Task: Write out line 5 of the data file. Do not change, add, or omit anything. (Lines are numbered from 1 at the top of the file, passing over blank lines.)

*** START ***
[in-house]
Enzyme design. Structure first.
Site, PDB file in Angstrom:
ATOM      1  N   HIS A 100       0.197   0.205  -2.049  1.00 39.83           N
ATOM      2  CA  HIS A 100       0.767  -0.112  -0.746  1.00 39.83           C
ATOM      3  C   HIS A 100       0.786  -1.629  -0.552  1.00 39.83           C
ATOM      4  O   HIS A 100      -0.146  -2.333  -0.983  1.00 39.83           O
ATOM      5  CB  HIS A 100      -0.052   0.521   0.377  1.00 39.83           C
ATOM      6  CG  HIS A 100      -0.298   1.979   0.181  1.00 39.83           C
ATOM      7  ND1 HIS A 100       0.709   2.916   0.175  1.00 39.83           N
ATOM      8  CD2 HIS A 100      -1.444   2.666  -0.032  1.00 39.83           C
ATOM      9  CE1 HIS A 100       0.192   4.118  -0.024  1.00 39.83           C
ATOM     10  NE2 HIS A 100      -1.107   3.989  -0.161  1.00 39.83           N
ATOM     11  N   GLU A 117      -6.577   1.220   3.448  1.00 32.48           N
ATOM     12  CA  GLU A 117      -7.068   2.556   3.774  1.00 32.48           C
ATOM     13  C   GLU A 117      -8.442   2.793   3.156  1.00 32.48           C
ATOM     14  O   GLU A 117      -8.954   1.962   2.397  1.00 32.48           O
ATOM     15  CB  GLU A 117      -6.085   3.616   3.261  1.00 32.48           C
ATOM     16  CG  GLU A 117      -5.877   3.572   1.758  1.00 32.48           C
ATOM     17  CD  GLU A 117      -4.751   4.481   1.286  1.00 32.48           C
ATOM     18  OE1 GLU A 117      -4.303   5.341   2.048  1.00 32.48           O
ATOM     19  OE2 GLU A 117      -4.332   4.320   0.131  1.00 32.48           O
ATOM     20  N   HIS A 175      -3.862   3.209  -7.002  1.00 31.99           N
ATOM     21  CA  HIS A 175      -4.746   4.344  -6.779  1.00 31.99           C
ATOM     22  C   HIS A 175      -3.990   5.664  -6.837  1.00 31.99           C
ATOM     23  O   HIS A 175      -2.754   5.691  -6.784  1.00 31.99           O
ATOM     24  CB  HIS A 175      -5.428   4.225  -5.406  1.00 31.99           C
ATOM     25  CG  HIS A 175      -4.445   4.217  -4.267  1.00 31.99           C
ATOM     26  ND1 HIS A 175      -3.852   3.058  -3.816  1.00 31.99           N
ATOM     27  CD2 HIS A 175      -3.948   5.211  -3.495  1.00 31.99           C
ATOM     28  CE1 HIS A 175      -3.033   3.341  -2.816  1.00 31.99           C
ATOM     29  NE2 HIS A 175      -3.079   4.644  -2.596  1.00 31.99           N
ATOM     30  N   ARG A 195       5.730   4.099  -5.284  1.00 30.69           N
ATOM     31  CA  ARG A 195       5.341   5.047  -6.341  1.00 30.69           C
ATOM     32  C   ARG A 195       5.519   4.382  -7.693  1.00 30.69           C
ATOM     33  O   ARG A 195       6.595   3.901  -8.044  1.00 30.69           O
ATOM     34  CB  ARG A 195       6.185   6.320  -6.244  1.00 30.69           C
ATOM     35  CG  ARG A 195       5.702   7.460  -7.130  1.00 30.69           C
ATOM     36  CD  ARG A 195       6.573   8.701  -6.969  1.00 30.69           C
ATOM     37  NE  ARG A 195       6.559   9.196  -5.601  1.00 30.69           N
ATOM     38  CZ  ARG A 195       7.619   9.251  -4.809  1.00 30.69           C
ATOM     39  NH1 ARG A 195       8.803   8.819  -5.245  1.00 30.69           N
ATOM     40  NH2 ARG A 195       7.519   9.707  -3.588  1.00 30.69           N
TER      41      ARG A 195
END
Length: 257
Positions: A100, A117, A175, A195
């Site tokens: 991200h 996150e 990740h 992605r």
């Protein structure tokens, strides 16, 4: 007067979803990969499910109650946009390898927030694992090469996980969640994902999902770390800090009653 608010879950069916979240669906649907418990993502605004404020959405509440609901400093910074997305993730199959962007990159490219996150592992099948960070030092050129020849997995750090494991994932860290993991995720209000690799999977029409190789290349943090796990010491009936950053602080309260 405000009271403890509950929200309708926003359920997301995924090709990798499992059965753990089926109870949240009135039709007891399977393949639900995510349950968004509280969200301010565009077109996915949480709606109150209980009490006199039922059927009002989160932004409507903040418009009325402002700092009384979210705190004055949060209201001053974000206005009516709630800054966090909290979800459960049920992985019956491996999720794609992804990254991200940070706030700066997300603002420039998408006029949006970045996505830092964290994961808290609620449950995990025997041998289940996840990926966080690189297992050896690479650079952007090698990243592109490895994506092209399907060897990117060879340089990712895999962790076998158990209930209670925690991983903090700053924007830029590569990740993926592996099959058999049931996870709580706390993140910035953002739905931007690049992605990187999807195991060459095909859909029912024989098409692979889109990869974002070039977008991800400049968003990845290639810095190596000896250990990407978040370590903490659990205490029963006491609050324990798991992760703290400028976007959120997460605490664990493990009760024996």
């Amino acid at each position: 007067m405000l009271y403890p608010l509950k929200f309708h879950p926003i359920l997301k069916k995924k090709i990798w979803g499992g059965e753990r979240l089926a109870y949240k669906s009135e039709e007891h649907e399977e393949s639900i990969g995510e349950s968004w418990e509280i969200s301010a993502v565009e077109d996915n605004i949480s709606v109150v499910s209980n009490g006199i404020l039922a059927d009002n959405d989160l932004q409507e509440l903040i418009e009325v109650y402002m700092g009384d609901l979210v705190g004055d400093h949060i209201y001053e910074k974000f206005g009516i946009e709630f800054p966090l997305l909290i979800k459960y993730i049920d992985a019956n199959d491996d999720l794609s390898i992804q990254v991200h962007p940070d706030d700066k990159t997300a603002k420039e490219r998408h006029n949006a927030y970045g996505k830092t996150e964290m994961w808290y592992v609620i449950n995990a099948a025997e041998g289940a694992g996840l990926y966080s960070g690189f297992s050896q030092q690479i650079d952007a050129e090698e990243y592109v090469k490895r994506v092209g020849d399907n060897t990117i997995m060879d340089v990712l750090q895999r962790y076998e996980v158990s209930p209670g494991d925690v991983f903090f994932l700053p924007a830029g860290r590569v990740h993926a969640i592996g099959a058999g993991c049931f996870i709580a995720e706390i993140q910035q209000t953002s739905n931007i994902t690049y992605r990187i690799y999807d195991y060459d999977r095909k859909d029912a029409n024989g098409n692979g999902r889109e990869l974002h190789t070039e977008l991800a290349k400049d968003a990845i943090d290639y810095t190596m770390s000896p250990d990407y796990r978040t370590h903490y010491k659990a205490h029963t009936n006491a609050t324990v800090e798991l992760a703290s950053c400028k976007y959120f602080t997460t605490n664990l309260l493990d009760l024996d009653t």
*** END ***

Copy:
ATOM      2  CA  HIS A 100       0.767  -0.112  -0.746  1.00 39.83           C